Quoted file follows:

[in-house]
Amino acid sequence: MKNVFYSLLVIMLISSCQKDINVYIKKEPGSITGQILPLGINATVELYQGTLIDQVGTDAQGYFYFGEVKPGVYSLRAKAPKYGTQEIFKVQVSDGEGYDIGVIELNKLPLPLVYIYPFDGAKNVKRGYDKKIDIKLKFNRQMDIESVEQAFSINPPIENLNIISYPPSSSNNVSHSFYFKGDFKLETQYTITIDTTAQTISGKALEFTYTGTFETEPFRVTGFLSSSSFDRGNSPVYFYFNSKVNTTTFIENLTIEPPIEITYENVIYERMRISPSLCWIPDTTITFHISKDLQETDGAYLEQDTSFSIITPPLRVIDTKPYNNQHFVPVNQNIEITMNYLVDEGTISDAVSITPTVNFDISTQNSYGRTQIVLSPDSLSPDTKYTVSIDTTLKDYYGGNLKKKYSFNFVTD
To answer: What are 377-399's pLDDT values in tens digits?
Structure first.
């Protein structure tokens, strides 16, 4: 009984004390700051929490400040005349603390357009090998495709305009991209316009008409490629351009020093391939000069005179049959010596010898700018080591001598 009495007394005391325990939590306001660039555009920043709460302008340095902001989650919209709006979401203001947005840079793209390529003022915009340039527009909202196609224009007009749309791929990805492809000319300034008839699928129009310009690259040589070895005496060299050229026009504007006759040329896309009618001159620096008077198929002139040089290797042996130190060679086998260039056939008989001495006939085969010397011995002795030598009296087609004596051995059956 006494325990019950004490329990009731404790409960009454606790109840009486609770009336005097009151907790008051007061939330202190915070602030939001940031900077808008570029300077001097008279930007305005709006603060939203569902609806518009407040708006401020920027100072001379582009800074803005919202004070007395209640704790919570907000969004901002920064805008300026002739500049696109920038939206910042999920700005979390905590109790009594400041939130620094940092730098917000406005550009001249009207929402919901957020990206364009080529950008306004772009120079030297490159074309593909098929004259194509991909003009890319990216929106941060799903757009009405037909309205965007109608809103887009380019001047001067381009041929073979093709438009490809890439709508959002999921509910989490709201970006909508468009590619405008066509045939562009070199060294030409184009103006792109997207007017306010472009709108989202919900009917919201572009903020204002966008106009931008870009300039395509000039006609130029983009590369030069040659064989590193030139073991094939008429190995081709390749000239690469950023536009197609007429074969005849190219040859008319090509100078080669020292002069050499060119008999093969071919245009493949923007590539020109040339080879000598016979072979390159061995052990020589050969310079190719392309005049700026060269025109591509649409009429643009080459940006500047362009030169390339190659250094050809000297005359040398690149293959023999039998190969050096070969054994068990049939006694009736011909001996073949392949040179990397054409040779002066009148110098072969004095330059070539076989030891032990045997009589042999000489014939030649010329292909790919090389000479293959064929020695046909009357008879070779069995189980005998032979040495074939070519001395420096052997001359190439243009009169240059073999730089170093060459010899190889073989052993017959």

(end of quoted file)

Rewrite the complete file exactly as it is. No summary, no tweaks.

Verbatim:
[in-house]
Amino acid sequence: MKNVFYSLLVIMLISSCQKDINVYIKKEPGSITGQILPLGINATVELYQGTLIDQVGTDAQGYFYFGEVKPGVYSLRAKAPKYGTQEIFKVQVSDGEGYDIGVIELNKLPLPLVYIYPFDGAKNVKRGYDKKIDIKLKFNRQMDIESVEQAFSINPPIENLNIISYPPSSSNNVSHSFYFKGDFKLETQYTITIDTTAQTISGKALEFTYTGTFETEPFRVTGFLSSSSFDRGNSPVYFYFNSKVNTTTFIENLTIEPPIEITYENVIYERMRISPSLCWIPDTTITFHISKDLQETDGAYLEQDTSFSIITPPLRVIDTKPYNNQHFVPVNQNIEITMNYLVDEGTISDAVSITPTVNFDISTQNSYGRTQIVLSPDSLSPDTKYTVSIDTTLKDYYGGNLKKKYSFNFVTD
To answer: What are 377-399's pLDDT values in tens digits?
Structure first.
């Protein structure tokens, strides 16, 4: 009984004390700051929490400040005349603390357009090998495709305009991209316009008409490629351009020093391939000069005179049959010596010898700018080591001598 009495007394005391325990939590306001660039555009920043709460302008340095902001989650919209709006979401203001947005840079793209390529003022915009340039527009909202196609224009007009749309791929990805492809000319300034008839699928129009310009690259040589070895005496060299050229026009504007006759040329896309009618001159620096008077198929002139040089290797042996130190060679086998260039056939008989001495006939085969010397011995002795030598009296087609004596051995059956 006494325990019950004490329990009731404790409960009454606790109840009486609770009336005097009151907790008051007061939330202190915070602030939001940031900077808008570029300077001097008279930007305005709006603060939203569902609806518009407040708006401020920027100072001379582009800074803005919202004070007395209640704790919570907000969004901002920064805008300026002739500049696109920038939206910042999920700005979390905590109790009594400041939130620094940092730098917000406005550009001249009207929402919901957020990206364009080529950008306004772009120079030297490159074309593909098929004259194509991909003009890319990216929106941060799903757009009405037909309205965007109608809103887009380019001047001067381009041929073979093709438009490809890439709508959002999921509910989490709201970006909508468009590619405008066509045939562009070199060294030409184009103006792109997207007017306010472009709108989202919900009917919201572009903020204002966008106009931008870009300039395509000039006609130029983009590369030069040659064989590193030139073991094939008429190995081709390749000239690469950023536009197609007429074969005849190219040859008319090509100078080669020292002069050499060119008999093969071919245009493949923007590539020109040339080879000598016979072979390159061995052990020589050969310079190719392309005049700026060269025109591509649409009429643009080459940006500047362009030169390339190659250094050809000297005359040398690149293959023999039998190969050096070969054994068990049939006694009736011909001996073949392949040179990397054409040779002066009148110098072969004095330059070539076989030891032990045997009589042999000489014939030649010329292909790919090389000479293959064929020695046909009357008879070779069995189980005998032979040495074939070519001395420096052997001359190439243009009169240059073999730089170093060459010899190889073989052993017959």